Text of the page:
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Portland Trail Blazers: 9 Subtle Things Wrong with the Blazers

Trends to Watch: 9 issues that are causing the Portland Trail Blazers to play less optimally than they did early in the season.

Brian Spurlock-USA TODAY Sports

When I turned on tonight's contest between the Portland Trail Blazers and the Minnesota Timberwolves and realized that Kevin Love, Nikola Pekovic, and Kevin Martin were all in fancy suits instead of team uniforms, I decided this would be a non-standard recap.  With the 'Wolves missing three players from their starting lineup, three of the top four players, three players who have done the most damage to the Blazers this year, the outcome of this game probably wasn't going to be suspenseful.  Credit to the Timberwolves; they made the game closer for longer than I would have given them credit for.  You can read about that in Timmay's Instant Recap or check out the Boxscore.  You can even head over to Canis Hoopus to get a peek from the other side of the fray.  Also don't forget to check your Jersey Contest scores and enter the next game HERE.

For this piece I decided to take a different angle on the game.  For weeks now people--myself included--have been sensing something rotten in Denmark...or if not rotten, per se, at least as not as fresh and pretty as the Blazers were looking early in the season.  Some folks have cited fatigue as an explanation.  Others point to tougher opponents.  We've talked about the major gaps in Portland's coverage since the season began: defense, bench power, lack of interior scoring.  We don't need to cover any of those topics again.  Instead we're going to highlight more subtle issues with Portland's game that may be contributing to the general feel of unease you might have felt tonight as a team missing only its mercurial 6th Man skirted the edge against a team without most of its best players.  It's a safe enough exercise on a night when the Blazers were almost sure to win but also appropriate enough for a game that was probably closer than it should have been.

If you're wondering why things don't look quite the same (outside of the obvious and oft-mentioned reasons) these points may be something to watch.

1.  The Blazers don't rebound that well at the defensive end.

Portland's offensive rebounding success, and the benefit second-chance points give them, has been well-chronicled.  The Blazers are a Top-5 rebounding team at the offensive end.  They're more middle-of-the-road on the defensive side, not horrible by any stretch but not dominant.  This eats into their offensive-rebounding and second-chance advantage.  It also forces them to spend more time defending, not their strong suit.  Granted, the Blazers scheme this way.  They value offensive rebounds highly.  But a little more determination, effort, and better spacing/technique on the other end would make their strengths count for more and their weaknesses tell less.

2.  The Blazers over-rely on Robin Lopez.

Lopez is a fan favorite for a reason.  He's blue collar.  He sells himself fully on almost every possession.  He has impeccable technique and a good sense of timing.  He's effective.

We've already talked plenty about Lopez's limitations, how he can be drawn out of his effective zone and semi-neutralized.  We haven't mentioned the flip side of that.  When Lopez does one extra thing--almost anything that removes him from his sweet spot in the middle of the defense--teammates don't move to help and the job doesn't get done.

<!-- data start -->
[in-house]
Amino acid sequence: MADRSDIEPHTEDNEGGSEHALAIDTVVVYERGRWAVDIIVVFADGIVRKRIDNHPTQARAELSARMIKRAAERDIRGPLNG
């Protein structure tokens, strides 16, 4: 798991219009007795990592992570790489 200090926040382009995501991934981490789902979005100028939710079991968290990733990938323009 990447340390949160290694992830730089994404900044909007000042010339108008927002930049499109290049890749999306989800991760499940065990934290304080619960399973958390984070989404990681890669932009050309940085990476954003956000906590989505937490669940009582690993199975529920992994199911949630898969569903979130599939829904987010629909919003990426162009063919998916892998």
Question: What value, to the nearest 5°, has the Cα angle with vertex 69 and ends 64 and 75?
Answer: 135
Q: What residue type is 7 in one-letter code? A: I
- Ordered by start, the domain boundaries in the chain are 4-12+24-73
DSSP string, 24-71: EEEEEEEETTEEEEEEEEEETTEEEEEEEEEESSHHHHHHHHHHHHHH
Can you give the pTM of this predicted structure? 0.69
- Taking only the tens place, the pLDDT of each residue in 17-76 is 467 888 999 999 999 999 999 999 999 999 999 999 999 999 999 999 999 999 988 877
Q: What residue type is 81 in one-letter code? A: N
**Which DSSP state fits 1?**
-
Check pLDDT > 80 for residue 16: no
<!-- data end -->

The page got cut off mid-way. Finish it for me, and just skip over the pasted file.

A related tangent: Lopez has to be ultra-careful about picking up fouls.  It's better for him to let a guy go clean to the bucket and score two than it would be for him to get whistled and risk having to sit.  There's no defensive confidence and precious little rebounding security apart from him.

Some of these things are set in stone but it'd be nice for the rest of the guys on the floor to notice when Robin makes a move to cover them and return the favor.

3.  The Blazers are not getting out to defend the three-point arc.

At the beginning of the year you could count on a huge advantage for the Blazers in volume and percentage from beyond the arc.  As the year has progressed the margin has narrowed.  As with offensive rebounding, some of this is systemic.  The Blazers are making a more concerted effort to collapse, to keep opponents from scoring 60 in the paint, than they were earlier in the year when it seemed they just didn't care unless those opposing points came three at a time.  But the rotations out of the paint and across the court are coming slowly, if at all.  The Blazers are an average three-point defensive team right now, heading downward.  You're seeing more opponents get wide-open looks from distance.  That's a bad trend.

4.  Damian Lillard doesn't demonstrate that defense is about spacing and technique as much as effort.

People see Lillard hopping and darting against an opposing point guard around the three-point arc and assume that he's playing good defense.  In reality that movement doesn't usually create turnovers or even concern.  Bad spacing against screens, incorrect lines, incorrect strategy, and sometimes just abandoning solid technique altogether tell more of the story.  He can expend all the energy he wants--though even those high-energy moments happen intermittently--but until he becomes more of a student of the game it won't matter.  Heady veterans don't defend well by blowing themselves up.  They figure out where to move, how to anticipate, and when to act.

5.  Aside from a couple pet plays, the Blazers aren't setting and using screens all that well.

Portland's offense isn't crisp.  Interior screens aren't freeing players they way they used to.  Smarter defenders account for some of the change but imprecise positioning, less-than-full commitment to setting picks, and trotting through plays also accounts for some of it.  For the most part the Blazers aren't amazing one-on-one offensive players.  They need those screens to free space for the offense to operate.